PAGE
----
The ANWR coastal plain
• Trump is in a rush to approve Arctic drilling leases before Biden ousts him: In contrast to executive orders, leasing contracts are contracts that cannot be drawn easily once they have been issued. Biden has vowed to protect the Arctic National Wildlife Refuge, which has not been allowed to drill well since President Dwight Eisenhower closed the land 60 years ago. In 1980, President Jimmy Carter agreed to the drilling 1.56 million acres the ANWR coastal plain, but only if approved by Congress. Since then, Republicans and some Democrats in Congress have tried more than 50 times to allow drilling in the refuge, but have failed to overcome opposition, which included presidential vetoes. In December 2017, Congress finally approved drilling in parts of the coastal plain. Without a Democratic majority in the Senate, Biden could struggle to keep his promise to close the wells. The immediate problem could arise as early as Monday, however, when the Interior Ministry issues a "call for nominations" for auctioning drilling leases in the coastal plain. Leases auctioned before January 20 would be difficult to break. Even if they have leases, low oil prices, lower demand, and the harsh ANWR environment are likely to deter companies from drilling anytime soon.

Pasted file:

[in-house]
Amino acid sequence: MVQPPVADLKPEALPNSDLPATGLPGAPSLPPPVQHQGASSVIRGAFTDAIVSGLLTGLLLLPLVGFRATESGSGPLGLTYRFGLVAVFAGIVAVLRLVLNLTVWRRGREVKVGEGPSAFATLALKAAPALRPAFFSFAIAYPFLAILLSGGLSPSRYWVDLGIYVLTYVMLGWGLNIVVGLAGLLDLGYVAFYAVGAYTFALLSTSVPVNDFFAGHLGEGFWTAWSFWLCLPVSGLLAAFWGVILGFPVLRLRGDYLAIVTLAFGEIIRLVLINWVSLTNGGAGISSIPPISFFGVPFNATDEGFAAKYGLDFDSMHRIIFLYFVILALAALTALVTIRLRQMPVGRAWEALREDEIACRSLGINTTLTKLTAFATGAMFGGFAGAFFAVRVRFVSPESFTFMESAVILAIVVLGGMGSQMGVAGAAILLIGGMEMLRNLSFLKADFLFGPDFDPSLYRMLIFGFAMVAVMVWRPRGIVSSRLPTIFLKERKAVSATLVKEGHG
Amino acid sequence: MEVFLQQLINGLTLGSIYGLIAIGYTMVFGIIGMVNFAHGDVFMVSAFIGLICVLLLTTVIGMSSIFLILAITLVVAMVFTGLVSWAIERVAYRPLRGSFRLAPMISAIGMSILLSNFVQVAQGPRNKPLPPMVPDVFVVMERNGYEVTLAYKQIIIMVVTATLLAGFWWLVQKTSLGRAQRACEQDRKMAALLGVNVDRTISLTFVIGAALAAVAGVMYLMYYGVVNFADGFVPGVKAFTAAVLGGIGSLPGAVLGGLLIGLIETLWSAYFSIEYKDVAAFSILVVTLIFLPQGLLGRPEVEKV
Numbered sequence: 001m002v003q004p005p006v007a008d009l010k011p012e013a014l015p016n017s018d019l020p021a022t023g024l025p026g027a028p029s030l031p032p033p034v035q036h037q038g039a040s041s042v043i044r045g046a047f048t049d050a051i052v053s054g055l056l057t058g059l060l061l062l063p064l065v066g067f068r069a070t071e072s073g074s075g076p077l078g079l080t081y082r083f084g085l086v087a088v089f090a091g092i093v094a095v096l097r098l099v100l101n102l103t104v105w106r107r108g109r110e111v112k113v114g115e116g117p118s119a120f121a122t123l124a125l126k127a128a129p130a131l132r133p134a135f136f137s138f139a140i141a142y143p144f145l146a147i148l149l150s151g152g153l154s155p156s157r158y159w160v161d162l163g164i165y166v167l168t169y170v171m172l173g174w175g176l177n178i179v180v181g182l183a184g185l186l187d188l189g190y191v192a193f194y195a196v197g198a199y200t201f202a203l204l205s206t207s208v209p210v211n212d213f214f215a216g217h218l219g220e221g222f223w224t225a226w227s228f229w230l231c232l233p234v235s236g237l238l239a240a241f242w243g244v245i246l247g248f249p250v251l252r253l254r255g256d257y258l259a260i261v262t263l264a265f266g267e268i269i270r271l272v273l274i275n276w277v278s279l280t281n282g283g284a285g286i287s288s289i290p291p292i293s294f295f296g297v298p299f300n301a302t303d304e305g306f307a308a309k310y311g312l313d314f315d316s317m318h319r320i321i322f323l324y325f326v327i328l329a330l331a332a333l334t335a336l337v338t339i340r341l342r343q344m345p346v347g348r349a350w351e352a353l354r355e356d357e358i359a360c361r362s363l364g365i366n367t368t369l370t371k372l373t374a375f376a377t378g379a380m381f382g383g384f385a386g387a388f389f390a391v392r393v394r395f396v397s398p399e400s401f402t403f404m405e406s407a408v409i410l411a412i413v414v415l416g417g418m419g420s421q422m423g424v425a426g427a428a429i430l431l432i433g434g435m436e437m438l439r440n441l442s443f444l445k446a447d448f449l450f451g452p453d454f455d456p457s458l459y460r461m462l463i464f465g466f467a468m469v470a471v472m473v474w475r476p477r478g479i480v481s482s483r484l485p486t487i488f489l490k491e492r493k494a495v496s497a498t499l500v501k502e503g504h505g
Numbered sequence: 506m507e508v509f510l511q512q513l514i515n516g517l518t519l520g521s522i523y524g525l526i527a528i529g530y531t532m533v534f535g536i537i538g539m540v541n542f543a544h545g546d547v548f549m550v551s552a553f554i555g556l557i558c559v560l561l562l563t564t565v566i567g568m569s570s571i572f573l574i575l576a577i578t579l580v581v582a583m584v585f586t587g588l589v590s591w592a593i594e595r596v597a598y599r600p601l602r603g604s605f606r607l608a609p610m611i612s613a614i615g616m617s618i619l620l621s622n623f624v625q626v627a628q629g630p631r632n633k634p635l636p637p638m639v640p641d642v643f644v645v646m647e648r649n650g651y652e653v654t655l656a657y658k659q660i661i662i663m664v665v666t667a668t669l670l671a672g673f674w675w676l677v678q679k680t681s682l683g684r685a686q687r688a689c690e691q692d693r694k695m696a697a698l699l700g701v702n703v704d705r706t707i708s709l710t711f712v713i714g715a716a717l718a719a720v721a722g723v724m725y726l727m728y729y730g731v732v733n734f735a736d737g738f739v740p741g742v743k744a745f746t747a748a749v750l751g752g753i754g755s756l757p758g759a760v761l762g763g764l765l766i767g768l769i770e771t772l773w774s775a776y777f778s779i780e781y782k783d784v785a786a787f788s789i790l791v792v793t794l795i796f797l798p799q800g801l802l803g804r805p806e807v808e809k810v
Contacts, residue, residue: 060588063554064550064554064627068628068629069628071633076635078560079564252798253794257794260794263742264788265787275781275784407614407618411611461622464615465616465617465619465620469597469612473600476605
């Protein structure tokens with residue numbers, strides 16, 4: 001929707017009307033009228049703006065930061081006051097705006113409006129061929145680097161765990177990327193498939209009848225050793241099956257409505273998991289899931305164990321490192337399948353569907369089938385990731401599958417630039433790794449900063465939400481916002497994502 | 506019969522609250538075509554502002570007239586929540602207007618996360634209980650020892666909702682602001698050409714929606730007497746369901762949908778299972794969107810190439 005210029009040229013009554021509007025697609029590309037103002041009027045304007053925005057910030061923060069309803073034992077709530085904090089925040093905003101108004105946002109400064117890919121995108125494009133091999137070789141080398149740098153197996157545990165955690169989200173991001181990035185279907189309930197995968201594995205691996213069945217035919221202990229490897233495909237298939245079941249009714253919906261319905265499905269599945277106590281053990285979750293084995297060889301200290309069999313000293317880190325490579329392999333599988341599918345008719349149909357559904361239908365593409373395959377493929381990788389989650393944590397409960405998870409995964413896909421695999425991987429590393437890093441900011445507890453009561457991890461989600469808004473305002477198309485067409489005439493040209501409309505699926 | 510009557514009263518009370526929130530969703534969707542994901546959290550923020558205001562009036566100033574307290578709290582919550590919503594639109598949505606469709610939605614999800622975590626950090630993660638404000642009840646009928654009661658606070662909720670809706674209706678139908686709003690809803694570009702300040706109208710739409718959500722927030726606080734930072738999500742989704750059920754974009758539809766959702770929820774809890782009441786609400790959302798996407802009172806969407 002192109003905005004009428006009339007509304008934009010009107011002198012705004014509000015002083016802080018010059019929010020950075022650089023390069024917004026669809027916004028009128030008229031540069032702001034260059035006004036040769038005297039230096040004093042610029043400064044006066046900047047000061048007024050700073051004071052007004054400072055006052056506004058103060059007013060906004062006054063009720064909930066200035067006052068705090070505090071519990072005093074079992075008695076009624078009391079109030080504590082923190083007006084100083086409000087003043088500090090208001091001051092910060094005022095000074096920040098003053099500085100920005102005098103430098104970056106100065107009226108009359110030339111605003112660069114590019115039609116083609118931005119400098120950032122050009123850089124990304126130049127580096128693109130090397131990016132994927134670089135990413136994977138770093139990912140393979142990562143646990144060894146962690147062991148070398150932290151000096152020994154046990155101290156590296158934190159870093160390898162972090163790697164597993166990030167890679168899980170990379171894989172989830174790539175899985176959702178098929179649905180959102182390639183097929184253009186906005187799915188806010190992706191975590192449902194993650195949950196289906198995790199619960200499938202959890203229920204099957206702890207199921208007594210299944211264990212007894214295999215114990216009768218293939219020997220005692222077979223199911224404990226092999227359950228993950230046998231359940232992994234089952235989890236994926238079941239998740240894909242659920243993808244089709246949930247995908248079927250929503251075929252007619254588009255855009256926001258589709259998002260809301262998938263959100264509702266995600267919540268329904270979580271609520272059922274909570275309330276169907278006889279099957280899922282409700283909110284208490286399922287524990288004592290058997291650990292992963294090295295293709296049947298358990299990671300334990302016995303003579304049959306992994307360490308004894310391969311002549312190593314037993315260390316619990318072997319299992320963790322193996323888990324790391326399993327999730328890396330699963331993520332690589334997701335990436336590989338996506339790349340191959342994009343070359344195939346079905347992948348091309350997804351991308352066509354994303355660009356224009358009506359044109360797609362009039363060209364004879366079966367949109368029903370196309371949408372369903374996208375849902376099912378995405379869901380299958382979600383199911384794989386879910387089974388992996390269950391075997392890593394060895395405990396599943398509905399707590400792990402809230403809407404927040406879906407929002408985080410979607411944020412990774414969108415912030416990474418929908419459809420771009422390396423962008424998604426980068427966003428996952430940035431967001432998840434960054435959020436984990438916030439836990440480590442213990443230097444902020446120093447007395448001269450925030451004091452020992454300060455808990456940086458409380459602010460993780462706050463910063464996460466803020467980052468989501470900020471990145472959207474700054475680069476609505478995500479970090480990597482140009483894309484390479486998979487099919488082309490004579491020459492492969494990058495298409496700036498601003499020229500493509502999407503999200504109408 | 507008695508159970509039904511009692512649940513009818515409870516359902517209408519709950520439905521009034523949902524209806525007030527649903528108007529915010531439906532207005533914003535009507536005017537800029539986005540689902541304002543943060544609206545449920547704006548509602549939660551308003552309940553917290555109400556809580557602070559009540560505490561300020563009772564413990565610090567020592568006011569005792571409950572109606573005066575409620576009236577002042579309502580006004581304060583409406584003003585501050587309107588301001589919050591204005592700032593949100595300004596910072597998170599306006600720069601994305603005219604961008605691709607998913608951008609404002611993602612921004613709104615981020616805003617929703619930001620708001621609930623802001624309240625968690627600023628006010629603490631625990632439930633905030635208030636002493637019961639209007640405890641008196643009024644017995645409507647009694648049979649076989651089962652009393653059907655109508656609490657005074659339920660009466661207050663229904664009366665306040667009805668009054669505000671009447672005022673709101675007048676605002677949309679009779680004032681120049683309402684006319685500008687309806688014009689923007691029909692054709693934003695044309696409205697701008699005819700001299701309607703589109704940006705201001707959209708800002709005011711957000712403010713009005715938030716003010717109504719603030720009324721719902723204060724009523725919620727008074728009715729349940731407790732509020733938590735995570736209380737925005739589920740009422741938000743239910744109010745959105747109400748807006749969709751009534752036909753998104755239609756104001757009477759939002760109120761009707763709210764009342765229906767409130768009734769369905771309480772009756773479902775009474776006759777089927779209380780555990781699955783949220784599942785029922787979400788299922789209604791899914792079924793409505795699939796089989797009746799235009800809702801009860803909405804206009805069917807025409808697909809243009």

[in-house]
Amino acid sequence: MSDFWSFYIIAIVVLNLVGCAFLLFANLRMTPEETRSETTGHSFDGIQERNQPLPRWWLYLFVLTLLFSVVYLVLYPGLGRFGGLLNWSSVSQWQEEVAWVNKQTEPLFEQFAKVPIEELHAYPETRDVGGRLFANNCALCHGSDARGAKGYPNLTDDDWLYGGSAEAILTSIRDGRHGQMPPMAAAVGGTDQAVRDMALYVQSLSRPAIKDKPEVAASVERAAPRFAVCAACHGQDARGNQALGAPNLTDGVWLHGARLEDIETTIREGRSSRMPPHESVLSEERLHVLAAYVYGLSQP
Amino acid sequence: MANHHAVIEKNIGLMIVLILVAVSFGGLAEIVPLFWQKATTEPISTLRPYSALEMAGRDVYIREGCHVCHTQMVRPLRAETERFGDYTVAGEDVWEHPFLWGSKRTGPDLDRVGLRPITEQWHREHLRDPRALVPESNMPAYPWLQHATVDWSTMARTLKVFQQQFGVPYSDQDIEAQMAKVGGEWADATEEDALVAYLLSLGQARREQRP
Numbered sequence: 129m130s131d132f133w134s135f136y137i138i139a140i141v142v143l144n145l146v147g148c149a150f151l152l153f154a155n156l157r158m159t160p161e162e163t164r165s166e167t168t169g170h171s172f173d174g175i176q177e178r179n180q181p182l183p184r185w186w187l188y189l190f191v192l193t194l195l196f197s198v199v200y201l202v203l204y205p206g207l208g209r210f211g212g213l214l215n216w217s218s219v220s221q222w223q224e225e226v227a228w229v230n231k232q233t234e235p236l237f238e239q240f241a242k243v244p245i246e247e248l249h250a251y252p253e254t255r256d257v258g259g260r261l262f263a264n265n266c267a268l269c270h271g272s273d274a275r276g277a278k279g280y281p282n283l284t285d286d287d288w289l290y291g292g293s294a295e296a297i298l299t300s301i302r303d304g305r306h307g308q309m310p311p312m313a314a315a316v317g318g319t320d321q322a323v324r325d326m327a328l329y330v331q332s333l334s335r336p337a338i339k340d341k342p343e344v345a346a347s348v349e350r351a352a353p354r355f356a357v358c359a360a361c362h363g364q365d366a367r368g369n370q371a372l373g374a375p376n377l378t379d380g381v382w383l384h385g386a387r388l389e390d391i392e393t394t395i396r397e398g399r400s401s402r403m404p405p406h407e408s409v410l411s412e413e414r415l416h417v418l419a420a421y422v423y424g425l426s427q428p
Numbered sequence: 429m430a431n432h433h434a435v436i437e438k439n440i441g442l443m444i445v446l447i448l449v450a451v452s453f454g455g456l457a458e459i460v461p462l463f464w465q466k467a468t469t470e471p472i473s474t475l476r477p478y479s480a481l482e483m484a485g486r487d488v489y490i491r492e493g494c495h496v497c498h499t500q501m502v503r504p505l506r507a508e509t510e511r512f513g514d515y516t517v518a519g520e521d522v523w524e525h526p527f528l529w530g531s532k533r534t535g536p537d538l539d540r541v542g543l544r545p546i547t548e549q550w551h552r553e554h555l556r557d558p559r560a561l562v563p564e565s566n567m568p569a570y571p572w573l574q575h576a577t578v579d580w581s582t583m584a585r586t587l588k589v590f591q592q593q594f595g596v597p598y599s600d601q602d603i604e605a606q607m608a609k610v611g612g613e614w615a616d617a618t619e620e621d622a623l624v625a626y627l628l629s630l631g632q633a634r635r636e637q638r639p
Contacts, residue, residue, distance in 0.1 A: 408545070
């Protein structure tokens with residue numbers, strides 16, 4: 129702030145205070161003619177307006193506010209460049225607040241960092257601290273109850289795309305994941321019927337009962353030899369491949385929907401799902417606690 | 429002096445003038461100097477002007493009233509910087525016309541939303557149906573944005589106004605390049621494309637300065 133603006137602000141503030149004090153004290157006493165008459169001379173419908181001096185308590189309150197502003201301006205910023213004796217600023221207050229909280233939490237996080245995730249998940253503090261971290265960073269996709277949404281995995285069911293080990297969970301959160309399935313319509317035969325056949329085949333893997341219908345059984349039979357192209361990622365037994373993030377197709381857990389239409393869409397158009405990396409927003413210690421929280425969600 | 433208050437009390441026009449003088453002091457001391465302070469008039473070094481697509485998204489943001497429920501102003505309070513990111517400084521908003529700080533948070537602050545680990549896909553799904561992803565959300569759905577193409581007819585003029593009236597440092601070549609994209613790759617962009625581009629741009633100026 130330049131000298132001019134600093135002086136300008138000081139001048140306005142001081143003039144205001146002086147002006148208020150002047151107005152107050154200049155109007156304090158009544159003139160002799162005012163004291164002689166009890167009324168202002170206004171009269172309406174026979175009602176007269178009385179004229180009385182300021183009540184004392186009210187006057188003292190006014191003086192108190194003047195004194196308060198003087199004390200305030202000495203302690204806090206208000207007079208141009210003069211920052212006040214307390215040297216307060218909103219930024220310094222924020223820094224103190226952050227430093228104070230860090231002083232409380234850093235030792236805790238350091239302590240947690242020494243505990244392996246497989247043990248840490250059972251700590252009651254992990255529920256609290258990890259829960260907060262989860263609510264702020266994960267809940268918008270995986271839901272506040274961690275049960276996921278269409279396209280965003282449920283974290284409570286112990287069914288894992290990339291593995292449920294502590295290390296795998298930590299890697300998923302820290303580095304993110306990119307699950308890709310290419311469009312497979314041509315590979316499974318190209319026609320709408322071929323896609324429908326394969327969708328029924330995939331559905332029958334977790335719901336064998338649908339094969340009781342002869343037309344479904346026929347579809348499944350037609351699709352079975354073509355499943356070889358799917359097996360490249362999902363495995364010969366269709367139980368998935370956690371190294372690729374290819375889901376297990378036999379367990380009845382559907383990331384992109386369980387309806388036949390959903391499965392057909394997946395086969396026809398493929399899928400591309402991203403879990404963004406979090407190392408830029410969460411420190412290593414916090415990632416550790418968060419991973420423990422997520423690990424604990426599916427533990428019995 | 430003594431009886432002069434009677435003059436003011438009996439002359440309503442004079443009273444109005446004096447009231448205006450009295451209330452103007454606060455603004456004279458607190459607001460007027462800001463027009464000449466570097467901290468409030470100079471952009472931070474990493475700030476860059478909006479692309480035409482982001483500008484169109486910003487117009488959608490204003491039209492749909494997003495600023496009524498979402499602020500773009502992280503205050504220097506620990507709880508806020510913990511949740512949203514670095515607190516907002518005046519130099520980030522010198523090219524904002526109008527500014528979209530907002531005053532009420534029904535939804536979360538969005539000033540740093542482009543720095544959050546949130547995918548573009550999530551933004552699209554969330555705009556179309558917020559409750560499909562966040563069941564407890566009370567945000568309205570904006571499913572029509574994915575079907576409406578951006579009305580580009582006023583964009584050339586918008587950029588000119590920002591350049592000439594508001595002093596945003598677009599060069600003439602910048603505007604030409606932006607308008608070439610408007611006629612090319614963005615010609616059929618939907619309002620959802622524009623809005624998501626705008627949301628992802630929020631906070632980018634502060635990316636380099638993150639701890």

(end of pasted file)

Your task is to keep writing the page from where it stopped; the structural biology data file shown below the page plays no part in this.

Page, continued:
• Environment America starts Greener Together project:
Right now, people across the land are turning to nature and nature as a refuge. Nature can calm us down and reconnect with ourselves, with other people and with the world around us. While people with and without children practice social distancing at home, we want to provide the opportunity to connect with nature and other like-minded people by running events, fun activities, and helpful guides to foster that connection.
• Airbus publishes three drafts for zero-emission, hydrogen-powered commercial aircraft that are expected to fly by 2035.